I always knew that it was cheaper to eat healthily than to eat junk food! It's not rocket science, you only have to see broccoli at 49p or cauliflowers at 57p on the shelves of the supermarket, to know that you can save loads of cash by eating fresh food, So why is the press suddenly making the topic headline news?

This week's UK press releases are full of comparisons between unhealthy food and healthy alternatives, sharing price differences with readers. Claims that Brits are getting fat because junk food is cheaper than  healthier options are suddenly being debunked, according to studies published this week. Haven't we always know such claims are rubbish? A healthy dish of rice, fruit, chicken or vegetables IS cheaper gram for gram than burgers, crisps and ready meals. Do we need the press or scientists to tell us?

It is reported that researchers have pontificated on the fact that £1 spent on a cheeseburger could buy a kilo of sweet potatoes (even cheaper on a market stall), two kilos of carrots or two and an half kilos of pasta.The study by the Institute of Economic Affairs argues that price is not a deciding factor for whether people eat healthily. However, health campaigners have hit back, calling the study non-sensical, (and I agree). We know that a diet of rice, white meat, fruit and vegetables is much cheaper than a  diet of Sugar Puffs, ready meals, red meat and fast food. But supermarkets push unhealthy food through promotions, and junk food companies spend millions of pounds on advertising, particularly aimed at children by using cartoon characters. I haven't seen an advert yet for broccoli!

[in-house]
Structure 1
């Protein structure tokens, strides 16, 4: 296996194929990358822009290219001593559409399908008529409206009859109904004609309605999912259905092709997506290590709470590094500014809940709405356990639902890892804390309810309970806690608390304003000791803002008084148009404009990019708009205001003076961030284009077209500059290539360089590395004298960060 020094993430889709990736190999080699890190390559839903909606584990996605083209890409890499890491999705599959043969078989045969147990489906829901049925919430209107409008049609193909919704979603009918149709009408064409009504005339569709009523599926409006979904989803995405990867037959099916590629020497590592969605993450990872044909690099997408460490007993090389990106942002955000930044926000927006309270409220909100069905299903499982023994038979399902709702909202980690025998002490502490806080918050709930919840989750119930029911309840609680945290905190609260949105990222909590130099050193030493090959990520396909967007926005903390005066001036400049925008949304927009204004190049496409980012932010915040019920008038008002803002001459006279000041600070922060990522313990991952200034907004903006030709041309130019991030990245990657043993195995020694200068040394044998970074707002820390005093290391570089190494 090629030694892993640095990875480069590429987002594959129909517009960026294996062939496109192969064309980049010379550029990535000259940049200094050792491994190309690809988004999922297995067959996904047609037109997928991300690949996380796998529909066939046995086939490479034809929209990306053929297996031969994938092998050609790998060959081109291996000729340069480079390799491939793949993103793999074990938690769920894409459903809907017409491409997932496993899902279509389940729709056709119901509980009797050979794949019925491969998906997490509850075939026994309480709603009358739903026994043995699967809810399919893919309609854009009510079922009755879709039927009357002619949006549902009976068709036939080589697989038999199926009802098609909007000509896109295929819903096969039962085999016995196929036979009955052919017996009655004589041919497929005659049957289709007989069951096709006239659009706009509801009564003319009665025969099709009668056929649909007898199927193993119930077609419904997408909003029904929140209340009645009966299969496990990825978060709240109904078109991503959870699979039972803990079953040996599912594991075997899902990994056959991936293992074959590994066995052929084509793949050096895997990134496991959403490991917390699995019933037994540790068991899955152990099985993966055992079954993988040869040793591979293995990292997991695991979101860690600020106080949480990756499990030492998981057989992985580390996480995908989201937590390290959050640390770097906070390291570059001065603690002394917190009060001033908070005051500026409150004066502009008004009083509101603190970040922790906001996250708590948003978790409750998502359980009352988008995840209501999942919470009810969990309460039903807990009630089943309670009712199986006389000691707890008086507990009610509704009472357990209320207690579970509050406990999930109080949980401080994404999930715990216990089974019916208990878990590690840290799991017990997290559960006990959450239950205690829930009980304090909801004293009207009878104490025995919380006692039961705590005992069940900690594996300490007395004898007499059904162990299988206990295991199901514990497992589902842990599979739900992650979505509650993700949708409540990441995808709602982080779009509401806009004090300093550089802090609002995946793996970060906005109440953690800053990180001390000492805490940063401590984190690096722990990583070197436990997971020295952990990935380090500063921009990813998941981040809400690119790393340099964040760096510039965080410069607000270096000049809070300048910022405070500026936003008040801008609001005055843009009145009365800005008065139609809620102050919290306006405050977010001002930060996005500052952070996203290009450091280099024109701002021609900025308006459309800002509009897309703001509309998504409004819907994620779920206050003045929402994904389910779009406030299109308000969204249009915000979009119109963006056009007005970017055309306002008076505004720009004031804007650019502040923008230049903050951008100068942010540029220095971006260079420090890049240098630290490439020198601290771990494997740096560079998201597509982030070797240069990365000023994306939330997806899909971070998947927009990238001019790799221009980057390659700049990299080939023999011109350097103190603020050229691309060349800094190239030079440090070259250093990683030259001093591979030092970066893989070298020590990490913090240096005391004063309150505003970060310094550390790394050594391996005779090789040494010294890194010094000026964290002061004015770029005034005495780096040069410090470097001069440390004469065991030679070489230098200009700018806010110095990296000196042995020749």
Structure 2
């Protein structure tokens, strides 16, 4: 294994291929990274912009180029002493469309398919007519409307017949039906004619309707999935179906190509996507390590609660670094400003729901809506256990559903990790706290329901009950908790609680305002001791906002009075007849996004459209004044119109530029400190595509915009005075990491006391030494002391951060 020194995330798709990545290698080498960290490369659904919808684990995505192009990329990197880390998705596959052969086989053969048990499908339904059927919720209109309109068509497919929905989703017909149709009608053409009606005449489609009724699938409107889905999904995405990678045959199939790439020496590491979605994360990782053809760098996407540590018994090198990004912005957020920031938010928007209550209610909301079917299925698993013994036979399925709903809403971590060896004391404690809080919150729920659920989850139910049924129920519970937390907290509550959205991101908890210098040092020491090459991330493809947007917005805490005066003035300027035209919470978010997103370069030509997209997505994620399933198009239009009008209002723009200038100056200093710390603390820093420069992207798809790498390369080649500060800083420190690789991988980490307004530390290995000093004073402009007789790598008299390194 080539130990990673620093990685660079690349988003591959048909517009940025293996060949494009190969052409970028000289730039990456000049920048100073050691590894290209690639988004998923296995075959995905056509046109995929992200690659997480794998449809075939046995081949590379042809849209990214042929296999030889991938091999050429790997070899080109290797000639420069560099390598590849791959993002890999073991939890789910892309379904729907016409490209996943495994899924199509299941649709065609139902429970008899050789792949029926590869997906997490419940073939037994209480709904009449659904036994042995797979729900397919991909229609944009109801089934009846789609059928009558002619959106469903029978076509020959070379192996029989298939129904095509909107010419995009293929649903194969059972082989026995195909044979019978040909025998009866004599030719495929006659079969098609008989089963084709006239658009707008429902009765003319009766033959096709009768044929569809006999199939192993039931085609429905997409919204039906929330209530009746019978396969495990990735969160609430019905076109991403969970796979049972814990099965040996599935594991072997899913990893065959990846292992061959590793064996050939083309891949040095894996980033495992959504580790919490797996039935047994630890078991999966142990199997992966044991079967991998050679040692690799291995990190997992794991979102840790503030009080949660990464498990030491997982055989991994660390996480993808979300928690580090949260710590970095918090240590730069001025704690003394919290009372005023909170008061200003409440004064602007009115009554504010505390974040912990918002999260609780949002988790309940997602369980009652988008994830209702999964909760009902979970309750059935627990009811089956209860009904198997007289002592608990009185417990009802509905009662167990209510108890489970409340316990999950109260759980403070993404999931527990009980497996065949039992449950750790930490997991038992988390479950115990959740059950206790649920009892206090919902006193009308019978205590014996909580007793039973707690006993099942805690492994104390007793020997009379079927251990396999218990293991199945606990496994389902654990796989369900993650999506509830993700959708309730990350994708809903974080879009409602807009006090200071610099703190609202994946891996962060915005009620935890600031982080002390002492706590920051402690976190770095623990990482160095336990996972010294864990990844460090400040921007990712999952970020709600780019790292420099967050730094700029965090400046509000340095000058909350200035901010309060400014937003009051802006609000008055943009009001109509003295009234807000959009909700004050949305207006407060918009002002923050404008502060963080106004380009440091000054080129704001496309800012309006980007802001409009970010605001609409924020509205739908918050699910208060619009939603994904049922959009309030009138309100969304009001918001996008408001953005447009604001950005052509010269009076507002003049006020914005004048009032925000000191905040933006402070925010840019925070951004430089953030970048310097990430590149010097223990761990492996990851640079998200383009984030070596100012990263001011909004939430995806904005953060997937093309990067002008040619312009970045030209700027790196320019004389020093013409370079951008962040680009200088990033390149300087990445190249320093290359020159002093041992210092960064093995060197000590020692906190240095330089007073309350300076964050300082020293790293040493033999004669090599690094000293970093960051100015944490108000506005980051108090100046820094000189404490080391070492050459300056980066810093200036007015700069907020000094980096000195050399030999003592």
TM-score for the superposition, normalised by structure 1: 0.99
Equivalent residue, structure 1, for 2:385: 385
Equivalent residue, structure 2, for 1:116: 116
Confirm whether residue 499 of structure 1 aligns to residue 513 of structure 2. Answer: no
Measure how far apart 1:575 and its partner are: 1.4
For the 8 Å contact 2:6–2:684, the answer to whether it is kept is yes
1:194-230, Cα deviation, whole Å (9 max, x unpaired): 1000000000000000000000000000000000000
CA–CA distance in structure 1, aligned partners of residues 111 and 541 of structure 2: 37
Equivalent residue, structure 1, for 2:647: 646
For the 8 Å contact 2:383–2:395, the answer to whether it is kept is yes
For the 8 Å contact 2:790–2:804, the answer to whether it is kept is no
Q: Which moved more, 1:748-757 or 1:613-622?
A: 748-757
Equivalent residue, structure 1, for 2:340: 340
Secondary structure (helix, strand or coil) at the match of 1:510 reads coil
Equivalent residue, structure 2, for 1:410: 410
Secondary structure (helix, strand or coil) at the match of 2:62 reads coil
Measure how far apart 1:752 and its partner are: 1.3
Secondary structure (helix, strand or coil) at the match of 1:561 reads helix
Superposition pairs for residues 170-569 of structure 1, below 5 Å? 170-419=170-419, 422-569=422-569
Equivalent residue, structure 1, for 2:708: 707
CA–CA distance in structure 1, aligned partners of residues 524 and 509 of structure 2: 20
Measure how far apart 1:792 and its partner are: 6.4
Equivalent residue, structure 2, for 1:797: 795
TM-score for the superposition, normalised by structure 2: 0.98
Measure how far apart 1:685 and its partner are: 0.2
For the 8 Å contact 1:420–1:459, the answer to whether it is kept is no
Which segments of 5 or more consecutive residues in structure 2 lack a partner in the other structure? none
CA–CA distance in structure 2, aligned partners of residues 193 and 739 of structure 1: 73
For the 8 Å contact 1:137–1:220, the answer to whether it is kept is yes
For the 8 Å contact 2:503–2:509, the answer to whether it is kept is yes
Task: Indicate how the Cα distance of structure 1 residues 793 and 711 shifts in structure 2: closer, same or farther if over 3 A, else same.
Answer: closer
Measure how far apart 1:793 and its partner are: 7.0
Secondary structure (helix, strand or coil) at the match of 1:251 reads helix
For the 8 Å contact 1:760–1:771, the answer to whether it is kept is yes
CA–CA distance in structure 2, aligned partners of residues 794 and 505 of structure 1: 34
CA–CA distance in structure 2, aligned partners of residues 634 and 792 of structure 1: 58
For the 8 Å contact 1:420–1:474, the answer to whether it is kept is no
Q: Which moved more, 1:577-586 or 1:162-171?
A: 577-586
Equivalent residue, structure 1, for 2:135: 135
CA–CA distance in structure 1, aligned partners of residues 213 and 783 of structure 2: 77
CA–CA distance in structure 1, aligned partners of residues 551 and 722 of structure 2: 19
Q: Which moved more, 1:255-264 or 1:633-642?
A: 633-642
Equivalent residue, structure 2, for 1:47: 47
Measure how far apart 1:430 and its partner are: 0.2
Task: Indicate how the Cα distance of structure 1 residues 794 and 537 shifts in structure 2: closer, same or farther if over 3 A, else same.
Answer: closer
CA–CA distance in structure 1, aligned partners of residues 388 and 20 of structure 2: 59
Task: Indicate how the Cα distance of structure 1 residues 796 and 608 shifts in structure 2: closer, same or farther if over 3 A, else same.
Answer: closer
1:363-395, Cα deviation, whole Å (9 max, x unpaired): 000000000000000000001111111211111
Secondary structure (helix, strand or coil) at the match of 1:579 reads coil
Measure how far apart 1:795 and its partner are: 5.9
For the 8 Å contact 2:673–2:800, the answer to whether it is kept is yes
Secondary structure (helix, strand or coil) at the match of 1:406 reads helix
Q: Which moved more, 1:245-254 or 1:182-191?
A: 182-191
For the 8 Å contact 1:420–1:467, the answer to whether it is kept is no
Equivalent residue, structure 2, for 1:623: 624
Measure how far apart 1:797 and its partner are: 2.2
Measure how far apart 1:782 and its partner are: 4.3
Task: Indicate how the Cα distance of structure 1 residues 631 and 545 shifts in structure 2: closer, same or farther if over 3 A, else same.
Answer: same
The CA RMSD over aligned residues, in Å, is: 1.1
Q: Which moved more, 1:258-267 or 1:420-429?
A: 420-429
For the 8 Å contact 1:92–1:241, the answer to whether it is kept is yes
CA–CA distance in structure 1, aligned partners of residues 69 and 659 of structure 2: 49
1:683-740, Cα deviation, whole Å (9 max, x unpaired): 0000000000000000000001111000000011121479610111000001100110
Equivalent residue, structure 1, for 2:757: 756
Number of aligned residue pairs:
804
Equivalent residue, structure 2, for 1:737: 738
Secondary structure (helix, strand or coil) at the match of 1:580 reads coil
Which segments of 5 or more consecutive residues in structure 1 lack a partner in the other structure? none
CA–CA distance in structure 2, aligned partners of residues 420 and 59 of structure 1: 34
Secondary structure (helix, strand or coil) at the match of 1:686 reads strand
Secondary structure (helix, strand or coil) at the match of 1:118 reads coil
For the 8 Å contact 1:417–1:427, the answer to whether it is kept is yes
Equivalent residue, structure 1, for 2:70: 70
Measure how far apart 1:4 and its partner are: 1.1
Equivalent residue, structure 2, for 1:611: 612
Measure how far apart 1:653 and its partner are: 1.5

It is a myth to suggest that obesity or unhealthy eating is a symptom of poverty and cheap junk food. There is a high rate of obesity among people on middle and high incomes, and rates among men are actually highest among middle income earners. The research claims that the correlation between deprivation and obesity is only seen among women. IEA's study was based on price comparisons for 7 products sold by two supermarkets, and in general, foods high in fat, sugar and salt and calories were more expensive. It also said that eating the recommended five portions of fruit and vegetables a day could cost as little as 30p. Common sense, I say!

However, as I have said the IEA research has not acknowledged the power of the supermarket offer, or advertising, as 40% of what UK shoppers buy is on promotion, and typically much of those special offers and end-of aisle displays are for foods high in fat, sugar and salt.

One important factor that all this research and debate has failed to mention is - do shoppers know how to cook healthier food? A ready-meal simply goes in the microwave. but a cauliflower needs time preparing and then cooking. My wife told me recently of attending a food course for cookery teachers and 70% of those teachers boiled a saucepan of hot water to cook spinach! And these folk are teaching our kids to cook? Enough said!

For price comparisons:-
Beef steak at 80p per 100g v Chicken fillets at 38p per 100g
Coco Pops at 24p per 100g v Muesli at 11p per 100g
Mayonnaise at 16p per 100g v Light mayonnaise at 14p per 100g


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